Much has happened in Duluth since the passage of the Americans with Disabilities Act in 1990. The ADA was enacted so that people with disabilities could live the lives they chose, living their dreams and experiencing connections in their communities. Duluth government and businesses, like most cities, have made many helpful changes, but much more remains to be done.
Roberta Cich, Chair of the Duluth Commission on Disabilities, noted, “When I started working as an advocate 20 some years ago, there was more of an adversarial process when lack of access was pointed out.” Today working to achieve accessibility is more collaborative. This is a significant development resulting from many people working to achieve the goals of the ADA by creating more awareness of the barriers people with disabilities confront.
Today we have more curb cuts, accessible parking spaces, and public accessible rest rooms in Duluth as a result of advocacy. The Duluth Transit Authority has accessible busses. The main post office became accessible after the passage of the ADA. People with disabilities and their advocates went to the city to get automatic door openers installed in the skyway system.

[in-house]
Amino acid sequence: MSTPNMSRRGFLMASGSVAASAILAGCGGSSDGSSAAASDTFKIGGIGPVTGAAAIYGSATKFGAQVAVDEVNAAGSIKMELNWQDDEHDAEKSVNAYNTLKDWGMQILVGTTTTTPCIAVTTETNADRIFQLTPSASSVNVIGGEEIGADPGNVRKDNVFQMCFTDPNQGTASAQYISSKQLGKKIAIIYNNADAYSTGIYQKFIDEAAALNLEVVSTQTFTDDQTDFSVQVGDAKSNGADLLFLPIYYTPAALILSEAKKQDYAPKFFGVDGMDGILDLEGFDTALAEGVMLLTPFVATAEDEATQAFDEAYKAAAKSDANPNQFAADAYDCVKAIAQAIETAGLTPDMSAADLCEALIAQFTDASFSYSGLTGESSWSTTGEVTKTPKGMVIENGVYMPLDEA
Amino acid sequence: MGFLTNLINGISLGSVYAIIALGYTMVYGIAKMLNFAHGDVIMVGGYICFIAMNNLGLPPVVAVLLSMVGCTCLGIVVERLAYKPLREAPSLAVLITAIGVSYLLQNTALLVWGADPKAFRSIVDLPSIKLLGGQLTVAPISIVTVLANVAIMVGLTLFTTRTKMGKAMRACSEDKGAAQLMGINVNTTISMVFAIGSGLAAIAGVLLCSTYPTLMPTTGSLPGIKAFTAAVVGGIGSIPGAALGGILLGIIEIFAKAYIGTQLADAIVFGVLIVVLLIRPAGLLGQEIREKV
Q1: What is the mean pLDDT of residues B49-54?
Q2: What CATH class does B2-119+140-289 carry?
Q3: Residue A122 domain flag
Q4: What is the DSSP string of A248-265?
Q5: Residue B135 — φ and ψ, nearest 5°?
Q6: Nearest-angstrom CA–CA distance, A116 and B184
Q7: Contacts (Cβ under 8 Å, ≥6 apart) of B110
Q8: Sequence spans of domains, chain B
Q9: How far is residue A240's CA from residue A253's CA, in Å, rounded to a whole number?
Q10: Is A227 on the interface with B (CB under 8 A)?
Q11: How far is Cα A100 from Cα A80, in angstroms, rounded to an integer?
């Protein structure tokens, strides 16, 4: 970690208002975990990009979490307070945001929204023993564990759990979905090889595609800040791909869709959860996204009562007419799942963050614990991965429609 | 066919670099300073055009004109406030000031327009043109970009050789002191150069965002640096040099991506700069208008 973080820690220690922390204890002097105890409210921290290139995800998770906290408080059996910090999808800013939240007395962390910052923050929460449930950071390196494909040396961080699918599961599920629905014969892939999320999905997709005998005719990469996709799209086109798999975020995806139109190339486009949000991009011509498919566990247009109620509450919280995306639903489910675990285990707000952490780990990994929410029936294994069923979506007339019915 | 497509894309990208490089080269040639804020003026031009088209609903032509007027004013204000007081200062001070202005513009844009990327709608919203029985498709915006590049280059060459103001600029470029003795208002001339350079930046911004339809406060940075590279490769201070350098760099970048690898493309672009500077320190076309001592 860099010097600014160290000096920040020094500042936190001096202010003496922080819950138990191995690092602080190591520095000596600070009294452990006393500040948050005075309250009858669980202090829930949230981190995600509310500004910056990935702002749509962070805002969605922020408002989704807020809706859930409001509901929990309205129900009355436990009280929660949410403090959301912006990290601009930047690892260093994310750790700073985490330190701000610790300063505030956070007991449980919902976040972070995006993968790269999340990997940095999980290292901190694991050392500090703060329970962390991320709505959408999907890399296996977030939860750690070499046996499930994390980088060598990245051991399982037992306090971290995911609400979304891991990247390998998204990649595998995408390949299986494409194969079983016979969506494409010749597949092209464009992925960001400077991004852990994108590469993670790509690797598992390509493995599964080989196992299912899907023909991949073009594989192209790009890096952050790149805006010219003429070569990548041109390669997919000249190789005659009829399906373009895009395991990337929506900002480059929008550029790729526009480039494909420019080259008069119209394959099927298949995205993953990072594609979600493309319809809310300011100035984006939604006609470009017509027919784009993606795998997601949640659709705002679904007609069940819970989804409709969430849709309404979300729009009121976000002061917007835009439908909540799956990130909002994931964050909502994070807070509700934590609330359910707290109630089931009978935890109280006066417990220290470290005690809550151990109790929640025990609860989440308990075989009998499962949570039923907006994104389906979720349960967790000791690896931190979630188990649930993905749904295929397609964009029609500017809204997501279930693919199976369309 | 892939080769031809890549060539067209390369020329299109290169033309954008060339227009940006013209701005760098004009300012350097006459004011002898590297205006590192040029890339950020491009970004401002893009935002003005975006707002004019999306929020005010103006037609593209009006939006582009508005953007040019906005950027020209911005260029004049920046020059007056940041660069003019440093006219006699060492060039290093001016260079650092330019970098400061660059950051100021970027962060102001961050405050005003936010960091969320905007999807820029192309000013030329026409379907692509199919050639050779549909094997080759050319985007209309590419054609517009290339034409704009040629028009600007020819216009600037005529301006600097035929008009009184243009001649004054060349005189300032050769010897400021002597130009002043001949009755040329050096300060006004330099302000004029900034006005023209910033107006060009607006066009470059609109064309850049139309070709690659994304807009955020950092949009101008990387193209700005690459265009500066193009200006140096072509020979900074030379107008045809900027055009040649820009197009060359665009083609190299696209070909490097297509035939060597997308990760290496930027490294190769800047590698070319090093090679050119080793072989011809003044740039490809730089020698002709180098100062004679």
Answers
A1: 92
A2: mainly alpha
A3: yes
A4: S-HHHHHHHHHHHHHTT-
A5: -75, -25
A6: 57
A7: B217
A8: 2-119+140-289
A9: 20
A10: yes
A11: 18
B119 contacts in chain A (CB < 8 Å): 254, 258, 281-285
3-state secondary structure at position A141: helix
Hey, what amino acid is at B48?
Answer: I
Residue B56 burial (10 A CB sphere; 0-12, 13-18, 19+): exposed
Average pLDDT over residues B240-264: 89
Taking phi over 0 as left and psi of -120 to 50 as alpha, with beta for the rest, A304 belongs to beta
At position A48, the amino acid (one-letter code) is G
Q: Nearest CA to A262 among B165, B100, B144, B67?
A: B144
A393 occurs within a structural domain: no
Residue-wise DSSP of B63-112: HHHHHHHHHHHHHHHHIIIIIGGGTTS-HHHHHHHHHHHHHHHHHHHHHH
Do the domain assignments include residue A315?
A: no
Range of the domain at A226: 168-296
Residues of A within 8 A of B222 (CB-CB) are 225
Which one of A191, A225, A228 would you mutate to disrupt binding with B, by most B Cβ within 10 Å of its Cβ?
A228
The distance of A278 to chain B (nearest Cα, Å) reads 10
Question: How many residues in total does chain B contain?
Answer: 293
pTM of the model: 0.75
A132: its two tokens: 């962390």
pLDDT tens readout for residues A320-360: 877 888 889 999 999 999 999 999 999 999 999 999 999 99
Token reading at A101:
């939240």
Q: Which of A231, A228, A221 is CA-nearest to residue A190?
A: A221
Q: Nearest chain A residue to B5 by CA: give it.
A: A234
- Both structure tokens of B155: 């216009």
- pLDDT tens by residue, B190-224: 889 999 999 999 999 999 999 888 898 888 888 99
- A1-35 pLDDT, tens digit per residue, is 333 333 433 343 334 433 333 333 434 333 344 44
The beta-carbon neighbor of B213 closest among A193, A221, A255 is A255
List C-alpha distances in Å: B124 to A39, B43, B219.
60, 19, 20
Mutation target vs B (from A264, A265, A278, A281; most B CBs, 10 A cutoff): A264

While we’ve made progress in Duluth, like the rest of the country, we have further to go. We need greater accessibility to places of business, employment and recreation. Many of these can happen with foresight, seeking how to provide accessibility beforehand. Often, accessibility is an afterthought, which makes it more expensive.
Parking and sidewalks continue to be a challenge, particularly in winter months. Snow removal in the Duluth area is barely meeting general needs and often fails to adequately help people with disabilities.
Employment of people with disabilities continues to be a problem, at all times, but especially during a pandemic. Many employers see the disability, not the ability. One area of particular concern is the need for accommodations for people with hidden/invisible disabilities.
With over 100,000 people in the greater Duluth area, many of the conditions and issues are similar to most cities. Advocates for ADA issues need to clearly and constantly press for change, but fortunately, the attitude of city and business leaders is progressive and generally willing to work towards solutions.
Thank you for assisting with this article: Laurie Berner, Executive Director, ArcNorthland; Roberta Cich, Chair, Duluth Council on Disabilities; Amanda Crosby, Independent Living Coordinator; Michelle McDonald, Executive Director, Lake County DAC; Sandy Moore, Legal Advocate, MN Disability Law Center.